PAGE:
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Review: “It” is a well-acted and appropriately creepy reminder of how terrifying clowns are

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If we can all agree on one thing, it just might be how terrifyingly creepy clowns are. With their makeup, strange costumes and bizarre hair, they represent the perfect way to scare children and adults alike. Although most clowns are creepy, the title of creepiest clown would probably have to go to Pennywise the Dancing Clown, the antagonist in the new film “It.”

“It” is based on the novel of the same name by Stephen King and tells the story of a group of children in a small town who are being terrorized by a supernatural shape-shifting clown that can prey upon his victims' greatest fears by transforming into the thing each person is most afraid of. He mainly appears as Pennywise, but adopts plenty of other creepy personas throughout the film as well. He mainly goes after children, whom he enjoys kidnapping and eating. So, not exactly the world’s nicest clown.

The story centers on Bill Denbrough and his group of friends, known as the Losers’ Club. Bill’s little brother, Georgie, goes missing at the beginning of the film, and Bill becomes determined to find him, which eventually leads the Losers to their many encounters with Pennywise.

I am sure not all clowns are evil, but Pennywise is definitely not going to help people believe otherwise. Bill Skarsgard gives an appropriately creepy and memorable performance as Pennywise. He lures children in with the promise of peanuts and popcorn from the circus, then proceeds to use his disturbing, otherworldly teeth to eat them for dinner. He appears to each of the Losers as their greatest fear throughout the movie. Eventually, the Losers discover where Pennywise lives and decide to pay him a visit and hopefully discover what happened to Georgie in the process.

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The movie does a great job of capturing the essence of childhood through the Losers. “It” works as both a creepy horror film and a coming-of-age flick, thanks to the focus on the young characters dealing with issues of growing up and also the issue of having a child-eating, centuries-old clown trying to kill you. You know, normal elements of childhood.

All of the Losers give great performances, which really help bring the story to life, and the film captures the youthful banter of childhood that only the best movies can. If you look beyond the horrors of Pennywise, the movie is about a boy trying to find his lost little brother. That is the emotional core that drives the film, and the result is a movie full of horrific clown killings that's also full of heart.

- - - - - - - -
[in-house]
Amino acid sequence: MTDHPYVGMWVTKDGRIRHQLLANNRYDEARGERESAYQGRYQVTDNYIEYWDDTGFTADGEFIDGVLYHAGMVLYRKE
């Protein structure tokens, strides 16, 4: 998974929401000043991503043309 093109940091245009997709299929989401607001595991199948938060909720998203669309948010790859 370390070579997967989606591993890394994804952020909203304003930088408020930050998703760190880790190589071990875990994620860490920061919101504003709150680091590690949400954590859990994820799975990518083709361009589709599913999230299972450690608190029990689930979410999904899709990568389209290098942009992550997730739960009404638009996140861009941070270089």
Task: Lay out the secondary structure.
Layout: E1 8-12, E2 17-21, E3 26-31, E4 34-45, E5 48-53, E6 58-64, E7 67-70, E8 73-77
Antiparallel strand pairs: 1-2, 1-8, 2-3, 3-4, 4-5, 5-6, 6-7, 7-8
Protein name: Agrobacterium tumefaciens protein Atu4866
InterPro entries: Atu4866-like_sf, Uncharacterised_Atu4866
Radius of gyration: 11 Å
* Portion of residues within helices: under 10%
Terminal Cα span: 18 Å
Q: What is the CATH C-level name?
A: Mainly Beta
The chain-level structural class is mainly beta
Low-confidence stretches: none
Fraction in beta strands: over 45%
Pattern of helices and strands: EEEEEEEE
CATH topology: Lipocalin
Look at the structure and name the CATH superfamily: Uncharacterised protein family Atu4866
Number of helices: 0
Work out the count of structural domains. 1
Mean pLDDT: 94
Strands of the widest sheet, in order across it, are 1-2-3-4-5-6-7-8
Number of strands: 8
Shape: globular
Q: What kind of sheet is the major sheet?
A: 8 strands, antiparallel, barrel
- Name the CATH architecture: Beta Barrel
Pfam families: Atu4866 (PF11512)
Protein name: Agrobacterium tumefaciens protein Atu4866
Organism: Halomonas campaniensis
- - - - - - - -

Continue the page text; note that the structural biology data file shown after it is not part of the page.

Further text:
“It” should satisfy horror movie fans, as well as Stephen King fans and moviegoers who enjoy coming-of-age movies. It may be about kids, but still, leave the little kids at home when you take a trip to the theater to see this one.

The only time that King’s novel has found its way to the screen was with an “It” TV miniseries in 1990, so with this new remake, director Andy Muschietti appropriately updates both Pennywise and the Losers' Club for the 21st century, inspiring a whole new generation of people to be terrified of clowns, if they were not already.

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In today’s market full of average-at-best horror movies, it takes something extra to stand out among the rest, but “It” finds a way to do so. The movie starts out with an opening scene so gruesome and horrifying that it will most certainly shock almost every viewer, letting them know what they are getting themselves into. However, this is the most gruesome part of the film, so if you can make it about 10 minutes in, then you should be fine for the rest of its 135-minute runtime. “It” is probably one of the best horror movies to come out in quite some time, so horror fans should really be jumping for joy.

In a world full of scary movies about haunted houses and possessed dolls, we needed a reminder of how much we all hate clowns, and “It” will most certainly give us that reminder, even if we have to sleep with the lights on for a few nights after seeing it.

Grade: A


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